Holm, Astrid Ledgaard3; Brønnum-Hansen, Henrik3; Robinson, Kirstine Magtengaard4; Diderichsen, Finn3
1 Section of Social Medicine, Department of Public Health, Faculty of Health and Medical Sciences, Københavns Universitet2 Section of Health Services Research, Department of Public Health, Faculty of Health and Medical Sciences, Københavns Universitet3 Section of Social Medicine, Department of Public Health, Faculty of Health and Medical Sciences, Københavns Universitet4 Section of Health Services Research, Department of Public Health, Faculty of Health and Medical Sciences, Københavns Universitet
Application of the DYNAMO-HIA model
Tobacco smoking is among the leading risk factors for chronic disease and early death in developed countries, including Denmark, where smoking causes 14% of the disease burden. In Denmark, many public health interventions, including smoking prevention, are undertaken by the municipalities, but models to estimate potential health effects of local interventions are lacking. The aim of the current study was to model the effects of decreased smoking prevalence in Copenhagen, Denmark. Methods: The DYNAMO-HIA model was applied to the population of Copenhagen, by using health survey data and data from Danish population registers. We modelled the effects of four intervention scenarios aimed at different target groups, compared to a reference scenario. The potential effects of each scenario were modelled until 2040. Results: A combined scenario affecting both initiation rates among youth, and cessation and re-initiation rates among adults, which reduced the smoking prevalence to 4% by 2025, would have large beneficial effects on incidence and prevalence of smoking-related diseases and mortality. Health benefits could also be obtained through interventions targeting only cessation or re-initiation rates, whereas an intervention targeting only initiation among youth had marginal effects on morbidity and mortality within the modelled time frame. Conclusions: By modifying the DYNAMO-HIA model, we were able to estimate the potential health effects of four interventions to reduce smoking prevalence in the population of Copenhagen. The effect of the interventions on future public health depended on population subgroup(s) targeted, duration of implementation and intervention reach.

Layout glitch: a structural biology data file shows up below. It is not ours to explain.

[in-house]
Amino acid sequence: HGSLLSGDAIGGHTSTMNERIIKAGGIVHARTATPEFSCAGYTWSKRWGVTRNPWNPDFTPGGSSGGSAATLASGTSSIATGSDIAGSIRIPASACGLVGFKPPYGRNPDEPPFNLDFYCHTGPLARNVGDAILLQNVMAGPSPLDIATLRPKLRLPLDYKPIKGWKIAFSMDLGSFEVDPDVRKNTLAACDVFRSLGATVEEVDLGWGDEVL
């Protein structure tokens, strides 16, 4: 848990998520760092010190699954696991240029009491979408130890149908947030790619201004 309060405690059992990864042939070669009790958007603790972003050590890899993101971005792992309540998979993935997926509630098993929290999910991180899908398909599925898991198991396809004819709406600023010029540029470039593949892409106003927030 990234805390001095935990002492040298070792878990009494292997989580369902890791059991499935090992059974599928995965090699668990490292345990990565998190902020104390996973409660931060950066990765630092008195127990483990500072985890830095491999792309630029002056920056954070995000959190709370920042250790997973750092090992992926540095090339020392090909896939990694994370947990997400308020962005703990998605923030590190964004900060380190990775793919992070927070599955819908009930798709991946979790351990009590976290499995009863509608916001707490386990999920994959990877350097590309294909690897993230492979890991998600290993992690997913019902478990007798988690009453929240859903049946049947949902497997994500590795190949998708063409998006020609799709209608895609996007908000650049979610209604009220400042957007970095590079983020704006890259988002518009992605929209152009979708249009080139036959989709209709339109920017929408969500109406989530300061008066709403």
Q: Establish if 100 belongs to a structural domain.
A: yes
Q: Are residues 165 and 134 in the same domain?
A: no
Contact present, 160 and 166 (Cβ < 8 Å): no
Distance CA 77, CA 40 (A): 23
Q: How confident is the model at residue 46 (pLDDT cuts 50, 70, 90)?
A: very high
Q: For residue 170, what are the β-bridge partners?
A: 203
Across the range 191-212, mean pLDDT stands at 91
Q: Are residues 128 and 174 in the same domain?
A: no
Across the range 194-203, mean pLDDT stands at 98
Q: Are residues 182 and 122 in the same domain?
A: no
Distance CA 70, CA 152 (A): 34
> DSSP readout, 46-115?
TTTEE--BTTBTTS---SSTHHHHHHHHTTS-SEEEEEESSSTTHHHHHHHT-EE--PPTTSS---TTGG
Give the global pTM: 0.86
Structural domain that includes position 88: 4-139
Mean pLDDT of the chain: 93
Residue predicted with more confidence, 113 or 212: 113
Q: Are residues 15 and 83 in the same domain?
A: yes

Scandinavian Journal of Public Health, 2014, Vol 42, Issue 5, p. 409-416